We found that lower cholesterol levels in middle age predicted lower total mortality and better physical quality of life in old age after 39 years of follow-up. No difference was seen in the mental component of quality of life. These findings support current guidelines for cholesterol goals and show that a low risk-factor level in midlife can affect long-term mortality and morbidity, postpone physical disability, and improve quality of life in old age.
In their study, Strandberg and Strandberg (page 13) found that during a 39-year follow-up of initially healthy men, aged 30 to 45 years (mean, 38 years), low serum cholesterol levels predicted better survival, better physical function, and better quality of life in old age, without adversely affecting mental functioning.
We analyzed the results of the Trial of Invasive Versus Medical Therapy in the Elderly with Chronic Coronary Artery Disease (TIME) in which invasive treatment was compared with optimized medical treatment in patients with chronic angina aged 75 years and older. Patients with diabetes had higher mortality than nondiabetic patients, but revascularization improved overall survival similarly in diabetic and nondiabetic patients.
It is difficult to make generalizations about treatment of elderly diabetic patients with coronary artery disease (CAD).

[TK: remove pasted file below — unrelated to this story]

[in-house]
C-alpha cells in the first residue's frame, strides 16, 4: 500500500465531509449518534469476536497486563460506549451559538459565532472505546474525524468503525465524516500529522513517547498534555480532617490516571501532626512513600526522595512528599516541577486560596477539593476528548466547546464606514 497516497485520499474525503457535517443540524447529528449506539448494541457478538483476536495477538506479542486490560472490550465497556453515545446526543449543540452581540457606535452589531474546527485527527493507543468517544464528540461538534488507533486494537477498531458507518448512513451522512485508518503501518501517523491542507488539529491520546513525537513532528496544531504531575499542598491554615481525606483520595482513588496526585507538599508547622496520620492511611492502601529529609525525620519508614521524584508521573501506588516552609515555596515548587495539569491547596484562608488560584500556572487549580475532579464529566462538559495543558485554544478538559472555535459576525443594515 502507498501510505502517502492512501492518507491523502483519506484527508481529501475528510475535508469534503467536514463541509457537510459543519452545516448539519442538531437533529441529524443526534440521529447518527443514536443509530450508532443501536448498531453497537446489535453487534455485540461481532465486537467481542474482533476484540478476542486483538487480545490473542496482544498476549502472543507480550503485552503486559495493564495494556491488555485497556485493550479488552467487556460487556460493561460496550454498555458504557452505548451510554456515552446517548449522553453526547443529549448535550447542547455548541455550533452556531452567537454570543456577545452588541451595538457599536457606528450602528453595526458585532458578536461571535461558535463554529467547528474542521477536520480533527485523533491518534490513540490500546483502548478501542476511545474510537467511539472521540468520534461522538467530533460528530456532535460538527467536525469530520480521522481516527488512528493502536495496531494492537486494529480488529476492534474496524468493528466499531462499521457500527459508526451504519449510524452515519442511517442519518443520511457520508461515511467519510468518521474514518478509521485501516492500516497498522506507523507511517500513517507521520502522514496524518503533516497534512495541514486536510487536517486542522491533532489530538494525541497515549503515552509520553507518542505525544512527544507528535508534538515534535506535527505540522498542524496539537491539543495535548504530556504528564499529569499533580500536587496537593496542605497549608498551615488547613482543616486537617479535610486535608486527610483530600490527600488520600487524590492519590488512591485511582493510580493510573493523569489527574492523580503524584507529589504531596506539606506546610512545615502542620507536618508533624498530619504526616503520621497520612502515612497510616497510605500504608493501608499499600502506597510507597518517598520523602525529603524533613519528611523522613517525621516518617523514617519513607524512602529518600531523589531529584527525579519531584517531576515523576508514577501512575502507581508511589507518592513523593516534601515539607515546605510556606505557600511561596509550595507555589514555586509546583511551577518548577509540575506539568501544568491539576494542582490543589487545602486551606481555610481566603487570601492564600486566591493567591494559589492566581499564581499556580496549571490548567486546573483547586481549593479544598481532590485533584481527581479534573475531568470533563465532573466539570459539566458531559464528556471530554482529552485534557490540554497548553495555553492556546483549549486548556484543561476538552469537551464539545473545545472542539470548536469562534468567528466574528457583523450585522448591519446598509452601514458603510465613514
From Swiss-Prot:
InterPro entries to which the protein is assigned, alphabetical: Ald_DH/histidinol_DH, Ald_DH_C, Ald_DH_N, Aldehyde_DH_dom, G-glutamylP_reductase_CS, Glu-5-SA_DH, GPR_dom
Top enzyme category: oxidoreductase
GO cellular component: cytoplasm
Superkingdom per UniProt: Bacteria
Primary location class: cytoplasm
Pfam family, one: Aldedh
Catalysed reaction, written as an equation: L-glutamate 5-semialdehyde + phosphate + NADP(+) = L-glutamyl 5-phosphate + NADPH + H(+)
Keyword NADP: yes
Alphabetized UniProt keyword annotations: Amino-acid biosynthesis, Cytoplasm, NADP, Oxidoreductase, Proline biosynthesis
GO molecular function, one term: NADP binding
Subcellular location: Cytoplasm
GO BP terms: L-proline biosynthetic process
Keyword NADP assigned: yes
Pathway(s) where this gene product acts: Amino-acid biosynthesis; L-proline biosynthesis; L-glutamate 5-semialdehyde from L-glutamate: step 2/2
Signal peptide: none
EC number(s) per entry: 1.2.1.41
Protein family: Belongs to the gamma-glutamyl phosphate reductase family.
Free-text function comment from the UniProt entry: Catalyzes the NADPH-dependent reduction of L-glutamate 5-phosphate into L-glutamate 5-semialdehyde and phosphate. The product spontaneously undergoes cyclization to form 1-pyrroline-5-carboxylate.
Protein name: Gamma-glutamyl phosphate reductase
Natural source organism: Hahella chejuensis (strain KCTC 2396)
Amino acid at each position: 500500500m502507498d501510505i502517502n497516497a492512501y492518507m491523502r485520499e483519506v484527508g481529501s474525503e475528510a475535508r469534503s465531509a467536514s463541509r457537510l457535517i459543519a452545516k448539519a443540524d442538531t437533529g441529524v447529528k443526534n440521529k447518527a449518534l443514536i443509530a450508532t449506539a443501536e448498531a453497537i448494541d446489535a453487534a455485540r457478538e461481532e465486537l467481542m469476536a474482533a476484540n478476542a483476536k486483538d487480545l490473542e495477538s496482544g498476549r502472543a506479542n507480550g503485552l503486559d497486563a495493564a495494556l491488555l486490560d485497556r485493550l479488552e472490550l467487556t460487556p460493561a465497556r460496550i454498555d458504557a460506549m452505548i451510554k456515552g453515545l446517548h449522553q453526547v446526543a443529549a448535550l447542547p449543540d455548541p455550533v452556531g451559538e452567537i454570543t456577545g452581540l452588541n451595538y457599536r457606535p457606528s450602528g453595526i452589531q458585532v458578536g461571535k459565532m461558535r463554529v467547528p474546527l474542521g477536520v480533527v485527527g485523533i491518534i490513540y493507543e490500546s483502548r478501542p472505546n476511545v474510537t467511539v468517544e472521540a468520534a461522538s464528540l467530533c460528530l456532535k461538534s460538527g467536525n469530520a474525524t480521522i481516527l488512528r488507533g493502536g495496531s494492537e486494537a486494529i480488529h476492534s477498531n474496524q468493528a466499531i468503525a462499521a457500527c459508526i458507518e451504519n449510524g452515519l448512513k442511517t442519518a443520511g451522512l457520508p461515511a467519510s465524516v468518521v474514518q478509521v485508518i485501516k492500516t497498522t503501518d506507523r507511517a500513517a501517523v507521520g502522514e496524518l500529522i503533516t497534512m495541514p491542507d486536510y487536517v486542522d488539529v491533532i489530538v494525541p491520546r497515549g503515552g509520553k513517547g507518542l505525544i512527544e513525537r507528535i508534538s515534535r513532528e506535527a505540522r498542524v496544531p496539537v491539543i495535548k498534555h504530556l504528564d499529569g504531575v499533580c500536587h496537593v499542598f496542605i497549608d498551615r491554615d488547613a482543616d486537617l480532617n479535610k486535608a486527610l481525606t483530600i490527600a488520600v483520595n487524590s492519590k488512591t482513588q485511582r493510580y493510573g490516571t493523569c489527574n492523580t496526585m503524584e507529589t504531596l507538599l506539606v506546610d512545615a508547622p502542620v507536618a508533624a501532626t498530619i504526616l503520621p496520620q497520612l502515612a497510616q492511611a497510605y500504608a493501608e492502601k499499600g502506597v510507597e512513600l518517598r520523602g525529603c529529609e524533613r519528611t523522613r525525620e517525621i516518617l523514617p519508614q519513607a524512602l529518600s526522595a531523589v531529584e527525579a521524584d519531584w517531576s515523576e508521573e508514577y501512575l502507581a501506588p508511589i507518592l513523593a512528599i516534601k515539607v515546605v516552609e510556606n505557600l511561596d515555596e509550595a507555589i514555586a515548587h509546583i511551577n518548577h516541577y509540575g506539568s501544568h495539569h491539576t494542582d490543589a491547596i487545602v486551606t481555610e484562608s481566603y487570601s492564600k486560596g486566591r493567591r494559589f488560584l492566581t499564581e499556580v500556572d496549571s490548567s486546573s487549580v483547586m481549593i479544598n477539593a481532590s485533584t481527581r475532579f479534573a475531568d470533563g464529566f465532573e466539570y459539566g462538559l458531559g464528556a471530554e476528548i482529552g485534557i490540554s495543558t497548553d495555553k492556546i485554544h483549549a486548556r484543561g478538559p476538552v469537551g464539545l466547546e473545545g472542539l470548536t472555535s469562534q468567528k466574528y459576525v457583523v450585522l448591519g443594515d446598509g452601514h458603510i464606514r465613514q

We compared blood pressure control among white and African American hypertensive men in Veterans Affairs (VA) and non-VA sites, and found that the dis parity between the two ethnic groups was 40% less at VA sites. Better access to care and medications for African Americans at the VA sites may explain the difference.
The article by Rehman and colleagues (page 27) offers two important observations about the control of hypertension in African American men.
Using data from 8,725 participants in the Framingham Heart Study who were followed for 176,166 person-years, we estimate that the lifetime risk of developing atrial fibrillation (AF) is 1 in 4 for men and women aged 40 years and older. Even when there is no antecedent congestive heart failure or myocardial infarction, the lifetime risk of AF is high (1 in 6). This significant lifetime risk highlights the major public health problem resulting from AF and the need for further study into causes, prevention, and treatment.
Data from the Framingham study provide yet more valuable prognostic information, this time related to the most common cardiac arrhythmia, atrial fibrillation.
Pharmacologic inhibition of the renin-angiotensin aldosterone system (RAAS) has become a widely accepted approach to lowering blood pressure (BP).